How do I know if I have cervical cancer?
Cervical cancer symptoms are hard to notice, but tests can find abnormal cells before they become cancer. Regular check-ups are the best way to avoid cervical cancer.
What are the symptoms of cervical cancer?
Most people who have a high-risk type of HPV that can lead to cervical cancer will never show any symptoms until it’s already very dangerous. That’s why regular checkups are so important. In many cases, cervical cancer can be avoided by finding abnormal cell changes and treating them BEFORE they become cancer.
Once cervical cancer develops, the first signs include:
abnormal bleeding, spotting, or discharge
periods that are heavier than usual
bleeding after sex
Signs of advanced cervical cancer may include pelvic pain, problems peeing, and swollen legs. If the cancer has spread to your nearby organs, it can affect how those organs work too. For example, a tumor might press on your bladder and make it feel like you have to pee more often.
Some symptoms of cervical cancer can also be caused by other conditions, like yeast infections. If you have any of these symptoms, visit your doctor, nurse, or your nearest Planned Parenthood health center to find out what's going on.
How do you get screened for cervical cancer?
Cervical cancer screening is used to find infections or abnormal cells in your cervix that could lead to cancer. Pap tests and HPV tests are two kinds of cervical cancer screening. Both are simple and fast.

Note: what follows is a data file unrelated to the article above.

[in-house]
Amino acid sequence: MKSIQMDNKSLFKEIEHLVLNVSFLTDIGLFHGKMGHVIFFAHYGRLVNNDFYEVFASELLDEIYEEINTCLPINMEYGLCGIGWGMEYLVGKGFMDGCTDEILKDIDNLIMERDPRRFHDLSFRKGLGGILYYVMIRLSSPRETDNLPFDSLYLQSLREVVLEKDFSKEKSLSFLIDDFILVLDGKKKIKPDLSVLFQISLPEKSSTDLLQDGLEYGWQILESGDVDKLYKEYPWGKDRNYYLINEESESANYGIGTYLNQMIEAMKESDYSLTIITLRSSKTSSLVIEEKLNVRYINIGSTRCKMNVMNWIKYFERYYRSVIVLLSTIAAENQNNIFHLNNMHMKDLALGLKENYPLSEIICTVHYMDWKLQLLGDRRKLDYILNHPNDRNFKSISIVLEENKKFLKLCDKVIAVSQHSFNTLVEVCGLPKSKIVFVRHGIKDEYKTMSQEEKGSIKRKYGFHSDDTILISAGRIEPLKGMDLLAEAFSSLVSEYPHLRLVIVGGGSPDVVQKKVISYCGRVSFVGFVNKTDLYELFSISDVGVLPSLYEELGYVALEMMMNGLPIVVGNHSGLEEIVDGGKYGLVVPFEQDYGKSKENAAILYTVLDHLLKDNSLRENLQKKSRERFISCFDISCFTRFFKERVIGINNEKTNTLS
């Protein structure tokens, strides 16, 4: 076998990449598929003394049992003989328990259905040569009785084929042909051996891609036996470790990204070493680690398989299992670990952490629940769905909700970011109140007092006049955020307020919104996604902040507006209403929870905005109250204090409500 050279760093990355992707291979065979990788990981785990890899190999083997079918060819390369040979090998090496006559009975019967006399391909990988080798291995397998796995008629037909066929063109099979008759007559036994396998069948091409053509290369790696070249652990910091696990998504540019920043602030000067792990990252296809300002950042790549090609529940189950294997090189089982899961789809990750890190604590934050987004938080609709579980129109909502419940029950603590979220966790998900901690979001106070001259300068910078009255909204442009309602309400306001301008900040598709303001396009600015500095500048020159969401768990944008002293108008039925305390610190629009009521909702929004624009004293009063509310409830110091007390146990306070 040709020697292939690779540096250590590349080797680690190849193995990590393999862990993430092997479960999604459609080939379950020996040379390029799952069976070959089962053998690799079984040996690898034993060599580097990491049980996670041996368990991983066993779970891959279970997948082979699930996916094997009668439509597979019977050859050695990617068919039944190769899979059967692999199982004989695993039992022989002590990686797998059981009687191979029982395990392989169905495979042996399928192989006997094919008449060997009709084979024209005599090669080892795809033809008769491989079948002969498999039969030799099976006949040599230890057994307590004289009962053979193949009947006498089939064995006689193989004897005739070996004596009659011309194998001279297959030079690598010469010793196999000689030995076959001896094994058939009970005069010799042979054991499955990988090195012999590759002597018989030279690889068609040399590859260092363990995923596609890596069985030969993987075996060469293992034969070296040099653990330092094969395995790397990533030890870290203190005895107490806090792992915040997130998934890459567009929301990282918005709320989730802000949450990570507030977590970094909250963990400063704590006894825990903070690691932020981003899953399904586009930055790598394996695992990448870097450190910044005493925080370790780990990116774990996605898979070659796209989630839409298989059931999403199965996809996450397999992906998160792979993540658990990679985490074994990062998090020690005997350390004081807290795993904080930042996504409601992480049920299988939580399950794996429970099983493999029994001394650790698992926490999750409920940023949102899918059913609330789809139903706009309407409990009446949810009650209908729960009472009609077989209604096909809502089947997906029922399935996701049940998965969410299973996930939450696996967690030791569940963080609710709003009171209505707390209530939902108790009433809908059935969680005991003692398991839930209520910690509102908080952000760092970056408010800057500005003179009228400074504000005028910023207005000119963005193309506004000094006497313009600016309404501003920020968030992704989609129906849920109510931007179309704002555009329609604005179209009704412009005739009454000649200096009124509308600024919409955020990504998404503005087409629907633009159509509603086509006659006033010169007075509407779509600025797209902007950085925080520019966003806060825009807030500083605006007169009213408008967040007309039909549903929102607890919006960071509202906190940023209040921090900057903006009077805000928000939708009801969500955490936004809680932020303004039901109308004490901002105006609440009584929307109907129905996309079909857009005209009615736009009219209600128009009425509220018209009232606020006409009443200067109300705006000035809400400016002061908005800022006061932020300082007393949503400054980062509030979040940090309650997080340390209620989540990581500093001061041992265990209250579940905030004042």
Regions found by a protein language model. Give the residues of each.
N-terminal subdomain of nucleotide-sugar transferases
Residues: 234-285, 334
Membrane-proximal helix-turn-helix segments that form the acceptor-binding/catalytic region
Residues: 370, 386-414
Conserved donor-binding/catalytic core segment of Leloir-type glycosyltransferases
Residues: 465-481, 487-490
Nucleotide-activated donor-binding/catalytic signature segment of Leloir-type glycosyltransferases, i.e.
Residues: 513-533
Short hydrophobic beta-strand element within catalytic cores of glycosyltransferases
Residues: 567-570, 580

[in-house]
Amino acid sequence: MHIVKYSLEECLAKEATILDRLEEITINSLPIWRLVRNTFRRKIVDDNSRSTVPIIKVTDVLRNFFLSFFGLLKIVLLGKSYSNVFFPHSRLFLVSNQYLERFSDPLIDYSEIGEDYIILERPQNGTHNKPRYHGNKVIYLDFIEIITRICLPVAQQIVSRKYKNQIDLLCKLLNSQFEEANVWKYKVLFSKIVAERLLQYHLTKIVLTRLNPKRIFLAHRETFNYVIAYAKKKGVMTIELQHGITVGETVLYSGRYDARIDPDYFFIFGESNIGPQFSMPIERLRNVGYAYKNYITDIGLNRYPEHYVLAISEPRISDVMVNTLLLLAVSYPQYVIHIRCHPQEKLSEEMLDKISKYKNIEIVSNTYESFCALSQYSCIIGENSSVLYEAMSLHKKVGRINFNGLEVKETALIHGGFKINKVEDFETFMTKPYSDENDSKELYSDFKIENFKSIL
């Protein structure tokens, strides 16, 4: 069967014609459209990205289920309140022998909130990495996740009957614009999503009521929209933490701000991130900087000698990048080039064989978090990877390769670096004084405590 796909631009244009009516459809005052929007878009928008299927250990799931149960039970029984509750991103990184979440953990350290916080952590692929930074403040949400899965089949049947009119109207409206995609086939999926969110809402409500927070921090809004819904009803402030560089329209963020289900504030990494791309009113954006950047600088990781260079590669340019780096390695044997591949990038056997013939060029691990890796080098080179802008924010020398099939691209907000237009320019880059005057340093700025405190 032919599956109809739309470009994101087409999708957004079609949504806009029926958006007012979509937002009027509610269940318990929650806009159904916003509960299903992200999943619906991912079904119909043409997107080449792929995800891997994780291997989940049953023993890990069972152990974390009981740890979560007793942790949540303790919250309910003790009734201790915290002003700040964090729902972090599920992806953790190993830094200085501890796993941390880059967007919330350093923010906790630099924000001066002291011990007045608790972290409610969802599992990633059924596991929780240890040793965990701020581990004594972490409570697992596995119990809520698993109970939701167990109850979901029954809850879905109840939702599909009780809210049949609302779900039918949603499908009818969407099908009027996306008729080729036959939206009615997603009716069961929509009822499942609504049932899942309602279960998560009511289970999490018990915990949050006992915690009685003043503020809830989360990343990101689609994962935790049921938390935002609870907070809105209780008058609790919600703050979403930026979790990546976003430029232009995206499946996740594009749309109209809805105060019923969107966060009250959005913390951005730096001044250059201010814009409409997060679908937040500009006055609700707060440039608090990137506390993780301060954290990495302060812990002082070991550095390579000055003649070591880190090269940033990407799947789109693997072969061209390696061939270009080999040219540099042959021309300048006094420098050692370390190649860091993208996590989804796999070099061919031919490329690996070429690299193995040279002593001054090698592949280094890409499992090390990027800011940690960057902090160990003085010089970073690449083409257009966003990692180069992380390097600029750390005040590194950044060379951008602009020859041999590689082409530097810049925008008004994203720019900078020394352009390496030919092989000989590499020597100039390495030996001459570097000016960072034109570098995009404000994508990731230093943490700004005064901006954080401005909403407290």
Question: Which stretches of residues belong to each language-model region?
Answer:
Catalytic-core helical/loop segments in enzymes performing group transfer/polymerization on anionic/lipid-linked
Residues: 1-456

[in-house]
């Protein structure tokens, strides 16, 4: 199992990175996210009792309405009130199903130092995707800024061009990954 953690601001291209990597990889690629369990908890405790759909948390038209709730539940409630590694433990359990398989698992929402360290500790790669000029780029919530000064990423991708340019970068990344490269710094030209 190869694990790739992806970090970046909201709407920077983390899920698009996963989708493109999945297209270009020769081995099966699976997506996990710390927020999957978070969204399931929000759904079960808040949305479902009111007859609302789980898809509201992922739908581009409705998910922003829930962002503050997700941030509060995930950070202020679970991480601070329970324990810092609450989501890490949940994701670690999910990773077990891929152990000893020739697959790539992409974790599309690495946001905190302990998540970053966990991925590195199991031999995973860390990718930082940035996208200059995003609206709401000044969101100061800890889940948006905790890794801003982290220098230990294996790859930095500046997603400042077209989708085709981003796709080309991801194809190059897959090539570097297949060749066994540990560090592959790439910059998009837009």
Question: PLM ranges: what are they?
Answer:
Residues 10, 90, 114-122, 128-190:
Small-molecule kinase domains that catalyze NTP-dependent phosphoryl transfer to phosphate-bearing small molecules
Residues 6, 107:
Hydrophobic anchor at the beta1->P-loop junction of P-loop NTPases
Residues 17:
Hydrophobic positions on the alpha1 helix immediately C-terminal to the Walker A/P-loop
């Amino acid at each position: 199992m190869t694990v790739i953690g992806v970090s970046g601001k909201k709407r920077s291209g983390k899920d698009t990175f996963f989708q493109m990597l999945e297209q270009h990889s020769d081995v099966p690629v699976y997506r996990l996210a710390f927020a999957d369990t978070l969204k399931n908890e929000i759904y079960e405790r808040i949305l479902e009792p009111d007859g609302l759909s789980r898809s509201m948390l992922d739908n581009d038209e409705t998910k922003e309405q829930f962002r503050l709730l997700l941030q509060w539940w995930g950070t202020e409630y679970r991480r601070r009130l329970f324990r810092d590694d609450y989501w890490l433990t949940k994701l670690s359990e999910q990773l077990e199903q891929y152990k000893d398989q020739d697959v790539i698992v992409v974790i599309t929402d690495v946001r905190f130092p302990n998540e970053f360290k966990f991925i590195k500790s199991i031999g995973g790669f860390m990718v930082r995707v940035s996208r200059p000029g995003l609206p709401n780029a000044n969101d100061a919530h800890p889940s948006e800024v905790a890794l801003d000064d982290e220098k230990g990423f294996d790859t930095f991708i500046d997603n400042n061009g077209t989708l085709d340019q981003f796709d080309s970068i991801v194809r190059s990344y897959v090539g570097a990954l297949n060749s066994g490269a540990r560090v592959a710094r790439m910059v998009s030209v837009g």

An HPV test finds high-risk types of HPV that can possibly lead to cancer. You may only get an HPV test, or you may have an HPV and a Pap test together (called co-testing). In some places where HPV tests are not as available, you may only get a Pap test.
A Pap test, sometimes called a Pap smear, finds abnormal cells caused by HPV — it doesn't directly test for cancer or HPV. If a Pap test finds abnormal cells on your cervix, your doctor can monitor or treat them so they don’t turn into something more serious. You may have an HPV and a Pap test together (called co-testing). You may also get a Pap test as a follow-up after a positive HPV test result.
Wellness exams usually include a Pap test and/or HPV test as needed. Most people only need testing every 5 years, since cancer takes a very long time to develop. Your doctor or nurse will let you know how often you should be tested.
How is cervical cancer diagnosed?
If you have an abnormal Pap test or positive HPV test result, your doctor or nurse may want to do more tests or treatments, like:
Colposcopy — a procedure to look more closely at the cervix to see if there are precancerous cells. If they do a colposcopy, they might also do a biopsy — a procedure to remove a small piece of tissue from your cervix. Your doctor will send the tissue to a lab to test it for signs of cervical cancer.
Cryotherapy — a treatment to freeze and remove precancerous cells from the cervix.
LEEP or Loop Electrosurgical Excision Procedure — a treatment to remove precancerous cells from the cervix with an electrical current.